Boards rules provide, in broad brush, that actual sales data of comparable properties,
where available, reflect the sum of the effects of these factors on individual
parcels. The State Board argues that it is within its expertise to
promulgate rules providing for use of sales data as a proxy for the
statutory factors, and that the existing rules establish an acceptable practice for making
Consistent with its position in this Court, the State Board has determined that
land is to be assessed by comparison to actual sales of comparable properties,
with adjustments to account for differences in frontage, improvements, depth, and similar factors
to arrive at a value of land in the area. Ind.Admin. Code
tit. 50, r. 2.1-2-1 to -2 (1987). Under this method, land value
maps are developed that divide political subdivisions into neighborhoods based on characteristics that
distinguish [each] from surrounding neighborhoods, such as value ranges of improvements, zoning, or
other restrictions on land use. Id.
The Tax Court found this practice inconsistent with the statute. Although it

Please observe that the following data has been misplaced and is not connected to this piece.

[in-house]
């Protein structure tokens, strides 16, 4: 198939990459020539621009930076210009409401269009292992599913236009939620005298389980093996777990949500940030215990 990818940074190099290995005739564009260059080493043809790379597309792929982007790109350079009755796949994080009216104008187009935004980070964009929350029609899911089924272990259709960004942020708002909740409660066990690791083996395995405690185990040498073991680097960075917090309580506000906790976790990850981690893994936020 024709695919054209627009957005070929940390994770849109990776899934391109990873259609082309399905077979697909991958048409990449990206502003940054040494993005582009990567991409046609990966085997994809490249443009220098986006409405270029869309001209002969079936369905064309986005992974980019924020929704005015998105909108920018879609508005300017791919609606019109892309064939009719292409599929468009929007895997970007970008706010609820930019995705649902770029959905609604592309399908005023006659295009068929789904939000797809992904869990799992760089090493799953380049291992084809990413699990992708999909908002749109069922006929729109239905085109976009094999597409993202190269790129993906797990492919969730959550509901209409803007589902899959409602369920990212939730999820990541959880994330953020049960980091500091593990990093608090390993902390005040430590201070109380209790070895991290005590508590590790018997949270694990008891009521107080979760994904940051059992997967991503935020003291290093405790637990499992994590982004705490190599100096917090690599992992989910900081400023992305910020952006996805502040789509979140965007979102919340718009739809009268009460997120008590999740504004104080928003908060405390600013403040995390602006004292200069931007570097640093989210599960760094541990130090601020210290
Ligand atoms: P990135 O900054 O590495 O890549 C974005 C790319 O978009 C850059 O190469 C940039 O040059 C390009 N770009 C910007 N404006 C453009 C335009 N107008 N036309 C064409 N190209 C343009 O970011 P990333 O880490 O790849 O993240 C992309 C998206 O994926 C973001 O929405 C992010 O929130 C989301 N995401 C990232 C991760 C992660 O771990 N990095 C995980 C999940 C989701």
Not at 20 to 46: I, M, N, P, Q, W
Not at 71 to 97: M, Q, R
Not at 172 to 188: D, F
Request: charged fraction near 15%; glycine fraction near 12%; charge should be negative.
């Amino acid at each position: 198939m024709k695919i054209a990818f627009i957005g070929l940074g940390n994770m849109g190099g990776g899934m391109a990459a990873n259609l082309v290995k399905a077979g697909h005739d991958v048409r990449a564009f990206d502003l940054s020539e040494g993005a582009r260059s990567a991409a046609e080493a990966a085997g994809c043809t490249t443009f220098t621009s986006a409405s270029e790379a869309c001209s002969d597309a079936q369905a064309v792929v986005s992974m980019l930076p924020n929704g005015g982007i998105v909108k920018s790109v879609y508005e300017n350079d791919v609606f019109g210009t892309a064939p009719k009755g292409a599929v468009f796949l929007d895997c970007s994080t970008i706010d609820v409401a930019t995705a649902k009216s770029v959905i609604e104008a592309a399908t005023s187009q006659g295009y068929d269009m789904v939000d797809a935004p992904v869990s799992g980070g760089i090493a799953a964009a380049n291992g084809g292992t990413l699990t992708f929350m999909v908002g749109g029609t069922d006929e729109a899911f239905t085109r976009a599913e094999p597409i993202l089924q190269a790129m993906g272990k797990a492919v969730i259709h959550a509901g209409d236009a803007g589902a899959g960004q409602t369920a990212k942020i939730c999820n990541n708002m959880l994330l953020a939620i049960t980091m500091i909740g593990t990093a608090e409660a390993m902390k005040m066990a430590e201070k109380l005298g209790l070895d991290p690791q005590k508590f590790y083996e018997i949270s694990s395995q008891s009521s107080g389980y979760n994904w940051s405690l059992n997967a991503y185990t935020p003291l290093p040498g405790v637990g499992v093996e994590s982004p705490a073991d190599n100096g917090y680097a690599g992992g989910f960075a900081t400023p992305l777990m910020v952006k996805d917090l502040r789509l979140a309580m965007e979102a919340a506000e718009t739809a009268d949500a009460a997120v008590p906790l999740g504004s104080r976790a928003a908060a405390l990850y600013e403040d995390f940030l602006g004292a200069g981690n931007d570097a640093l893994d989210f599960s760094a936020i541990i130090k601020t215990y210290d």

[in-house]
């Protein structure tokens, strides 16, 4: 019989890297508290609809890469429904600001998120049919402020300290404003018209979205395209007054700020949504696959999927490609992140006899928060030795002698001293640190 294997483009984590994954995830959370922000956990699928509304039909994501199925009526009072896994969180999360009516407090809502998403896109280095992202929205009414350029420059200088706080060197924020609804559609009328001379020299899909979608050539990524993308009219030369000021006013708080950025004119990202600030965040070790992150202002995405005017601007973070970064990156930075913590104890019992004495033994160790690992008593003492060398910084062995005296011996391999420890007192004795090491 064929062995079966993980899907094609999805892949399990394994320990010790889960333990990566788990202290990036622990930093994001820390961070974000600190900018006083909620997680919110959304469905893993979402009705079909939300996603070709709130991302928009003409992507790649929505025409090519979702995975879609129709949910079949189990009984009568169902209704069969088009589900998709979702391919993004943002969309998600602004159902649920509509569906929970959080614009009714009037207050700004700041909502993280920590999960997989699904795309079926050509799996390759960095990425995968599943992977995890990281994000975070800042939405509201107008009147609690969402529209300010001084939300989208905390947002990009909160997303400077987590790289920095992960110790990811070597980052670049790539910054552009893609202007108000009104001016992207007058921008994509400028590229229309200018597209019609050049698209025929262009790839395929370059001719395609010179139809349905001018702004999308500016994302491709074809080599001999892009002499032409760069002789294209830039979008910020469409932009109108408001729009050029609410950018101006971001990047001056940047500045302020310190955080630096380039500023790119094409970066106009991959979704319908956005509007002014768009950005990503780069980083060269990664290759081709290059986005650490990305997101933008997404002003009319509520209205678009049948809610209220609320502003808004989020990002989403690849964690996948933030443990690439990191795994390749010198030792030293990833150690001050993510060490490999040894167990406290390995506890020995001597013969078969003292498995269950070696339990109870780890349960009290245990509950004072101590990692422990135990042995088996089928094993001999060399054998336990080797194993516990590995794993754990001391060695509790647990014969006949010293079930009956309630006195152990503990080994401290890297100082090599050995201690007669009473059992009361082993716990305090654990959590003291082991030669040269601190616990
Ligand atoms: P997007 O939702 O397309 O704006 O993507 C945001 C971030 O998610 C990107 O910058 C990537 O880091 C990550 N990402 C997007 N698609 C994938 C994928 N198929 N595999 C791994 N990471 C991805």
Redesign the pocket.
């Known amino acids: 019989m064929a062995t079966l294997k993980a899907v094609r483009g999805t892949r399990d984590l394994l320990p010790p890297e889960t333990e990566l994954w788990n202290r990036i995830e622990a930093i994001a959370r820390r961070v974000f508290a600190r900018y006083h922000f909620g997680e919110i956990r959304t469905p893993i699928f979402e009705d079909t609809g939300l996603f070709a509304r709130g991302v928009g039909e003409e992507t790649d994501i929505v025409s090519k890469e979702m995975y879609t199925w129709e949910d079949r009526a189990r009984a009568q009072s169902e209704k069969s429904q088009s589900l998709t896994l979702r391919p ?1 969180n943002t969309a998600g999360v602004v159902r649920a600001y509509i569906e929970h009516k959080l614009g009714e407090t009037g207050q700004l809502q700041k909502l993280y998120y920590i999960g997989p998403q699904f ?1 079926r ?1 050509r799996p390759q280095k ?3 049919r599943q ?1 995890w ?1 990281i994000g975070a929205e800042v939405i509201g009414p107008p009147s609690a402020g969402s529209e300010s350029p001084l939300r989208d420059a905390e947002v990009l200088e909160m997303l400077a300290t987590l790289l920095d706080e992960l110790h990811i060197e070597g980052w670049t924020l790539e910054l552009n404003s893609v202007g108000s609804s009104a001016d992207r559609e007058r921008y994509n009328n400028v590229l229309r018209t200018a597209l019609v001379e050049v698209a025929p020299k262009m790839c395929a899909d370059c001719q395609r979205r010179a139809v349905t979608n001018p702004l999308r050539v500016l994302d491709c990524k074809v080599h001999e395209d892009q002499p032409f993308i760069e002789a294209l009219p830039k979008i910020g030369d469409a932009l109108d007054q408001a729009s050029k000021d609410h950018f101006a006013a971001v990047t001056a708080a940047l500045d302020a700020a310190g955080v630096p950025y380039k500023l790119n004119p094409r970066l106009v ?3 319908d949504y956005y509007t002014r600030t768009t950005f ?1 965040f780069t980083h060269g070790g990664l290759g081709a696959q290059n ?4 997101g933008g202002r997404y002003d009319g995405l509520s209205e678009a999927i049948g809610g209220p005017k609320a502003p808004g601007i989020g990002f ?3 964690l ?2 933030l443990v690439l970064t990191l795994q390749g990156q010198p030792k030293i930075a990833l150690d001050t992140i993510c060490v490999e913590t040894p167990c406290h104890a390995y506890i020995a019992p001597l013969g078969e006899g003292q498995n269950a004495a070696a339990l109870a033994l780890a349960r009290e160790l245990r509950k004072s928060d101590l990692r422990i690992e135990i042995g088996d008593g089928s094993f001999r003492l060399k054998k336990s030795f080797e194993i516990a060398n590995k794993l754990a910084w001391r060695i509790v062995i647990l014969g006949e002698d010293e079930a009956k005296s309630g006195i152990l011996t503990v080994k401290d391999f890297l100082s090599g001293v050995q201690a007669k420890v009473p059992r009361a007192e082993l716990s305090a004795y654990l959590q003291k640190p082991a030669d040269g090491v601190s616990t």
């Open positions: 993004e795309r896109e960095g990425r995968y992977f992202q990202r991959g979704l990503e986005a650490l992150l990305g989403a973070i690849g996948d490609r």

acknowledged that [t]he plain language of the section does not concretely require the
State Board to consider each of the nine factors in classifying land .
. . it could be reasonably interpreted to have such meaning.
722 N.E.2d at 933. Considered in light of the General Assemblys constitutional
mandate to provide for a uniform and equal rate of property assessment and
taxation, Ind. Const. art. X, § 1, the Tax Court concluded, the logical
interpretation is that the General Assembly intended for the State Board to consider
the listed factors in placing a particular parcel within a specific category of
a land valuation order. IRC, 722 N.E.2d at 933.
All parties agree that the statute requires consideration of the listed factors in
promulgating rules for assessing parcels. The statute says that in so many
words. It reads: [w]ith respect to the assessment of real property, the
rules of the state board of tax commissioners shall provide for . .
. . I.C. § 6-1.1-31-6 (emphasis added). The State Board disagrees
with the Tax Court in the next step of the analysis. The
State Board contends that a rule providing a rational basis to value parcels
in light of the statutory factors is sufficient. The Tax Court reasoned
that a more particularized judgment is required and that the statutory factors must
be evident as to each parcel. We agree with the State Board.
We see no barrier to procedures designed to arrive at a fair
assessment that reflects the statutory factors, but does not take each factor into